14 killed in Indonesia earthquake
A powerful earthquake which struck the Indonesian tourist island of Lombok yesterday killed at least 14 people, injured scores and damaged thousands of homes, officials said.
Five children were among those killed by the shallow 6.4-magnitude early-morning quake, which sent people running outside in panic and triggered landslides on popular mountain hiking routes.
Scores of aftershocks sparked fear among survivors. More than 120 were recorded, the biggest with a magnitude of 5.7, Indonesia's meteorology agency said.
Local officials have declared a three-day state of emergency. President Joko Widodo is due to visit the island this morning, his spokesman said.
oko Widodo is due to visit the island this morning, his spokesman said.
"Based on reports, 14 people died, 162 were injured and thousands of homes were damaged," Indonesian disaster mitigation agency spokesman Sutopo Purwo Nugroho said in a statement, adding that five of the dead were children.
One Malaysian was killed and six injured, the Malaysian foreign ministry said.
"All of them were at the foot of Mount Rinjani when the incident happened," it said, referencing the spectacular volcano that dominates the island.
The 30-year-old victim was inside a restroom when the entire building collapsed and crushed her, the New Straits Times quoted another Malaysian climber, Khairul Azim, as saying.
Khairul said his own group was unable to leave the Sembalun area because many roads including the main one had been damaged.
The constant aftershocks sparked terrified shouts among scores of people made homeless in the eastern village of Sembalun in the district of the same name, an AFP reporter said.
Some 200 people from 35 families whose house were damaged or destroyed had pitched tents there. The roof of a health clinic had collapsed and its walls had cracked.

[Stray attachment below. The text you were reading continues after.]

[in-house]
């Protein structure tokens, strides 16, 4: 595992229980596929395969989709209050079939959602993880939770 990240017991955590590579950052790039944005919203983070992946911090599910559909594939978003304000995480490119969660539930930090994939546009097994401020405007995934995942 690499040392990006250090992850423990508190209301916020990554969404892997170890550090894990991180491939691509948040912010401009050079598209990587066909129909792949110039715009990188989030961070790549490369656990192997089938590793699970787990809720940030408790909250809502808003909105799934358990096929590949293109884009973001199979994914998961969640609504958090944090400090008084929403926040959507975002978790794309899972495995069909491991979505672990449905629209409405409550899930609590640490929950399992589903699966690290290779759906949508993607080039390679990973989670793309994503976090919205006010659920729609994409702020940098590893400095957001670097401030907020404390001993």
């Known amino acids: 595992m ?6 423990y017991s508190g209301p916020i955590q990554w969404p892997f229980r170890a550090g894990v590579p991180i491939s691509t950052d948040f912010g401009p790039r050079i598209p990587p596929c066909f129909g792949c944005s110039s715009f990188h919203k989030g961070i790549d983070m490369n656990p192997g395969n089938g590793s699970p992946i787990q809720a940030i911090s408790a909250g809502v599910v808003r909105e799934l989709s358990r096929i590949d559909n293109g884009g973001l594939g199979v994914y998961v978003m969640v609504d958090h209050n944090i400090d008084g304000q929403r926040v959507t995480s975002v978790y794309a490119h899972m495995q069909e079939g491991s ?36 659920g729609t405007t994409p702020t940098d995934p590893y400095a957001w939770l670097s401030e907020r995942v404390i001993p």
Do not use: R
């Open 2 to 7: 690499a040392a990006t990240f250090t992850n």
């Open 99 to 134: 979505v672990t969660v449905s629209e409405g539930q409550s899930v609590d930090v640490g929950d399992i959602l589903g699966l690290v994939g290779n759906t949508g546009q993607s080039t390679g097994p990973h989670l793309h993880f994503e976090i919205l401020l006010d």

"People are traumatised and too scared to return home for fear the aftershocks could destroy their homes completely," the reporter said.
"Every time there is an aftershock they cry out in fear and tremors can still be felt constantly."
Evacuees told AFP they badly needed blankets and instant food because there was no time to bring anything when they fled their homes.
Popular trekking trails on Mount Rinjani were closed because of landslides, according to the disaster agency.
One local trek organiser described how rocks rained down on two Spanish hikers and their guide as they were caught on a mountain trail.
"My trekking guide who was accompanying two tourists from Spain suffered from minor injuries during the jolt. They were hiking from Segara Anak Lake to Plawangan and rocks were falling on them during the quake," said Karyadi, the owner of a guesthouse where the pair were staying.
The two Spaniards were also slightly hurt.
"Our guests were in shock because of the incident," said Karyadi, who like many Indonesians goes by one name.
The epicentre of the earthquake struck 50 km (30 miles) northeast of Lombok's main city Mataram, the United States Geological Survey said, far from the main tourist spots on the south and west of the island.
USGS said two of the aftershocks measured more than 5-magnitude.
The jolt was felt some 100 km (60 miles) away in the bustling holiday island of Bali, although there were no immediate reports of damage there.